The Theological Foundation: Systematic Defense of
Some commentators, while very positive about the substance and structure of the call for a consistent ethic, have urged me to focus on its underlying theological foundations. I see the need for this and will comment here on two aspects of its theological substance, leaving for the next section some more detailed moral commentary.
The consistent ethic grows out of the very character of Catholic moral thought. By that I do not mean to imply that one has to be a Catholic to affirm the moral content of the consistent ethic. But I do think that this theme highlights both the systematic and analogical character of Catholic moral theology. The systematic nature of Catholic theology means it is grounded in a set of basic principles and then articulated in a fashion which draws out the meaning of each principle and the relationships among them. Precisely because of its systematic quality, Catholic theology refuses to treat moral issues in an ad hoc fashion. There is a continual process of testing the use of a principle in one case by its use in very different circumstances. The consistent ethic seeks only to illustrate how this testing goes on when dealing with issues involving the taking of life or the enhancement of life through social policy.
The analogical character of Catholic thought offers the potential to address a spectrum of issues which are not identical but have some common characteristics. Analogical reasoning identifies the unifying elements which link two or more issues, while at the same time it recognizes why similar issues cannot be reduced to a single problem.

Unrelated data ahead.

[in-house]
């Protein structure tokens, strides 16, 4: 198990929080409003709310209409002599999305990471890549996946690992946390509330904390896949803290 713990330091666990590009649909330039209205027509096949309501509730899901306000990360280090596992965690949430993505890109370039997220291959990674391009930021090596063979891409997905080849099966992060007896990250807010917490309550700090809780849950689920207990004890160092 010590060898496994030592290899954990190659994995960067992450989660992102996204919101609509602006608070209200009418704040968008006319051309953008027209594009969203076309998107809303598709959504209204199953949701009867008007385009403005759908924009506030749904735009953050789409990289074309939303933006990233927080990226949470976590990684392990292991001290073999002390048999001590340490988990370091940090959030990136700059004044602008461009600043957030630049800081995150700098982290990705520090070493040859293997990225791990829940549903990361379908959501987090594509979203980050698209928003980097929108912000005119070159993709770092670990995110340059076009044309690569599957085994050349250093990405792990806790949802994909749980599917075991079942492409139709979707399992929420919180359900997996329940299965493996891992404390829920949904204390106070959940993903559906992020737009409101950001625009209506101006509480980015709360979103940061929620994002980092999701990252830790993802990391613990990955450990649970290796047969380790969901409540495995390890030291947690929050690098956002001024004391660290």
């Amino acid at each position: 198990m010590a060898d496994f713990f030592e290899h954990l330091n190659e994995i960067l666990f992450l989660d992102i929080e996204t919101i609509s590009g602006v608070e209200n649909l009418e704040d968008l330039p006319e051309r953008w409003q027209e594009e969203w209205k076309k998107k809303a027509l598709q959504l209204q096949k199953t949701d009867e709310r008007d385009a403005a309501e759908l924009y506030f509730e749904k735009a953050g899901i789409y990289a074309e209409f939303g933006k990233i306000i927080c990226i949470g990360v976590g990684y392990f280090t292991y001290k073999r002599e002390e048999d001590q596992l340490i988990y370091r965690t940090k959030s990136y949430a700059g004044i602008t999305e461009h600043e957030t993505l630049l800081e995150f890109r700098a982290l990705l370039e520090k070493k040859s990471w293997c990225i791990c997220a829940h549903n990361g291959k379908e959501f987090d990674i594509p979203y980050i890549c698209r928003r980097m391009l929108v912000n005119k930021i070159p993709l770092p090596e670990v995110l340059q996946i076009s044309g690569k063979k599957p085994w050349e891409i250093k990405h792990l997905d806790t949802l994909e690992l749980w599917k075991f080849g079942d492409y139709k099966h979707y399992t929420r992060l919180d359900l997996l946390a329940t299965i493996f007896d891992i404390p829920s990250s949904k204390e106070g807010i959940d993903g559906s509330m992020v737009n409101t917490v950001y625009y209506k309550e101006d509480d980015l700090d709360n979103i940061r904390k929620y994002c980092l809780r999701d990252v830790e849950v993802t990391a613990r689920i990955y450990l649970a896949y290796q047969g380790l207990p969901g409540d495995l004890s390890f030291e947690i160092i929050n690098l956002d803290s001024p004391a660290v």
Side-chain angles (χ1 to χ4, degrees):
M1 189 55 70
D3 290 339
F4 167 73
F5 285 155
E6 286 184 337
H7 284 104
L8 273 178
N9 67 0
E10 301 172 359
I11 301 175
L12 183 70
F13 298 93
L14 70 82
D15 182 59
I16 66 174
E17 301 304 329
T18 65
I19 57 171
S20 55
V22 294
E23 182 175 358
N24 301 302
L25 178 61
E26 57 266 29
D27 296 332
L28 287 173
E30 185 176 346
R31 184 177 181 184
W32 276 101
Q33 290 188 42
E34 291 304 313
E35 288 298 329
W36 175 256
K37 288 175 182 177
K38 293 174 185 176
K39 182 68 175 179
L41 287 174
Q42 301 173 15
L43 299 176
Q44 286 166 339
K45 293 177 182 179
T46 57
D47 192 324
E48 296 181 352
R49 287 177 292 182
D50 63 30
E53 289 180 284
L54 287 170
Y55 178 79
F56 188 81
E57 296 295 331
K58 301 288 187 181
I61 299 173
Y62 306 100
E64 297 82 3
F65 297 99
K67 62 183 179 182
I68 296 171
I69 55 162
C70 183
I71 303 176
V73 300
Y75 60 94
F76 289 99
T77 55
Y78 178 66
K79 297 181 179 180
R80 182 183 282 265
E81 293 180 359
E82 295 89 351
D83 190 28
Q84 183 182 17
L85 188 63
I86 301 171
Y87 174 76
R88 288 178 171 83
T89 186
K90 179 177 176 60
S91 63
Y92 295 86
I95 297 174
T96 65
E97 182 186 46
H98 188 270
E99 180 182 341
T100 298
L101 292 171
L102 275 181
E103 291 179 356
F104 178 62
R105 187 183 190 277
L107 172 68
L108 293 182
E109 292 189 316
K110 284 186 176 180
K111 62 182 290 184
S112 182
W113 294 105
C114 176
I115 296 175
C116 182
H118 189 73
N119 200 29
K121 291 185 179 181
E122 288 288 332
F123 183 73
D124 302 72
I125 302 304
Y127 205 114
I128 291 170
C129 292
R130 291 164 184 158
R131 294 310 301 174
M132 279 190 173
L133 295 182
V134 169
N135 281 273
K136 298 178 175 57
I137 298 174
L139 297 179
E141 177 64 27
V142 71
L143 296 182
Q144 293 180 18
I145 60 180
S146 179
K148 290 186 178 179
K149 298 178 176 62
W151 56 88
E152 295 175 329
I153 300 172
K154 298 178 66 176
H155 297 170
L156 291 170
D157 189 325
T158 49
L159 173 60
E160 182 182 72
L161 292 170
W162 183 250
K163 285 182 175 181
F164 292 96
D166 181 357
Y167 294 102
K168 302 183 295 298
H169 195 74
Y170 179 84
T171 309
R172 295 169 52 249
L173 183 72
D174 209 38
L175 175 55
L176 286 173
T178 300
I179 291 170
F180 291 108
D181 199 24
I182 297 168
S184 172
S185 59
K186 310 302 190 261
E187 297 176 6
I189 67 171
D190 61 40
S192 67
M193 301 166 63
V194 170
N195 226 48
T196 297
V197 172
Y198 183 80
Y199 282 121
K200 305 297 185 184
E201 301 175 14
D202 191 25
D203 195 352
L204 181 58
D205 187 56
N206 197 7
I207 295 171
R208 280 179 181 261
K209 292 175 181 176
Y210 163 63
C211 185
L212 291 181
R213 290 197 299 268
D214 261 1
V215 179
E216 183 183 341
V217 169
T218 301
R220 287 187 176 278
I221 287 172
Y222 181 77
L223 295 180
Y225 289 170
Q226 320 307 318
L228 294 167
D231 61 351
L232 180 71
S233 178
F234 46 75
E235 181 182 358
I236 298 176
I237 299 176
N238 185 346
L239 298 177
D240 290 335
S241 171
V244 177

The taking of life presents itself as a moral problem all along the spectrum of life, but there are distinguishing characteristics between abortion and war, as well as elements which radically differentiate war from decisions made about care of a terminally ill patient. The differences among these cases are universally acknowledged; a consistent ethic seeks to highlight the fact the differences do not destroy the elements of a common moral challenge.
A Catholic ethic which is both systematic in its argument and analogical in its perspective stands behind the proposal that, in the face of the multiple threats to life in our time, spanning every phase of existence, it is necessary to develop a moral vision which can address these several challenges in a coherent and comprehensive fashion.
If the theological style of the consistent ethic is captured by the two words, systematic and analogical, the theological rationale for the ethic is grounded in the respect we owe the human person. To defend human life is to protect the human person. The consistent ethic cuts across the diverse fields of social ethics, medical ethics, and sexual ethics. The unifying theme behind these three areas of moral analysis is the human person, the core reality in Catholic moral thought.
It is precisely the abiding conviction of Catholic ethics about the social nature of the person that ties together the emphasis—in the pastoral letter on the economy—on society's responsibility for the poor, the insistence of the bishops that abortion is a public not a purely private moral question, and the constant refrain of Catholic ethics that sexual issues are social in character.
The theological assertion that the person is the imago dei, the philosophical affirmation of the dignity of the person, and the political principle that society and state exist to serve the person -- all these themes stand behind the consistent ethic. They also sustain the positions that the U.S. Catholic Bishops have taken on issues as diverse as nuclear policy, social policy, and abortion. These themes provide the basis for the moral perspective of the consistent ethic. It is the specifics of that moral perspective which now must be examined.
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